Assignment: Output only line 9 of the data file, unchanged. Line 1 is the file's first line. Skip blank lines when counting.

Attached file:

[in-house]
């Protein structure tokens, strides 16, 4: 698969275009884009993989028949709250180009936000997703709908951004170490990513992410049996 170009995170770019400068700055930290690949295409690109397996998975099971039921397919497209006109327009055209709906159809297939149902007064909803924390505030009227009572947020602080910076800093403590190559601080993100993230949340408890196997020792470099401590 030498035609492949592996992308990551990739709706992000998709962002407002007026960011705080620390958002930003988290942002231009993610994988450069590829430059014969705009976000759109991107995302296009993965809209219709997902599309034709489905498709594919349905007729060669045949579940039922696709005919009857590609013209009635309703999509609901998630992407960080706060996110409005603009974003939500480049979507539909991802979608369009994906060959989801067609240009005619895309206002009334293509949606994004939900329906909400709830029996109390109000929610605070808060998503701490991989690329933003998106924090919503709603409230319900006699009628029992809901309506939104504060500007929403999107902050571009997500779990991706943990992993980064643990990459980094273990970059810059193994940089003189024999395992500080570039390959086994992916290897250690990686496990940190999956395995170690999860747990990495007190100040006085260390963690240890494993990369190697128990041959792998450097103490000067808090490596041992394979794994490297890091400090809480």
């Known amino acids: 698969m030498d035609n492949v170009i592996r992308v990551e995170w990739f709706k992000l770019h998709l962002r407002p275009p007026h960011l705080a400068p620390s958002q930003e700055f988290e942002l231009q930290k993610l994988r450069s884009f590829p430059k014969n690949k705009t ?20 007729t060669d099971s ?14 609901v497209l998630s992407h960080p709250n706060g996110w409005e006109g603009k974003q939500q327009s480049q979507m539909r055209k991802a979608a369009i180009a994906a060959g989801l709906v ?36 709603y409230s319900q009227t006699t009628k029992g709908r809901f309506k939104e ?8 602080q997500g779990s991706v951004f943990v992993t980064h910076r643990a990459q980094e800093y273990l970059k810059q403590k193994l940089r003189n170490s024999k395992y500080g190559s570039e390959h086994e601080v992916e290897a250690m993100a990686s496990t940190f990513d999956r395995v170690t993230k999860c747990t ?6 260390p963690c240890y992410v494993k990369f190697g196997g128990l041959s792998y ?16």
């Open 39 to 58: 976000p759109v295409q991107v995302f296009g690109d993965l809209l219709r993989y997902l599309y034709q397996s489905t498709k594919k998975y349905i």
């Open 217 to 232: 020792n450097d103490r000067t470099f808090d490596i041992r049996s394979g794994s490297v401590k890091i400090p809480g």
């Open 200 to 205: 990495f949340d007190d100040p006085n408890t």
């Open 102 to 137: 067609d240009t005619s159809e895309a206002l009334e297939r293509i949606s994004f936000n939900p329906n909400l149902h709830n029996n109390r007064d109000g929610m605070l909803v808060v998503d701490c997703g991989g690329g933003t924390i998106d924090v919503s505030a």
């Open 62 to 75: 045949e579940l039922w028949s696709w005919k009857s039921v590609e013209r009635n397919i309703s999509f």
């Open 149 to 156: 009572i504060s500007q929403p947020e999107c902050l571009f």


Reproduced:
């Open 149 to 156: 009572i504060s500007q929403p947020e999107c902050l571009f």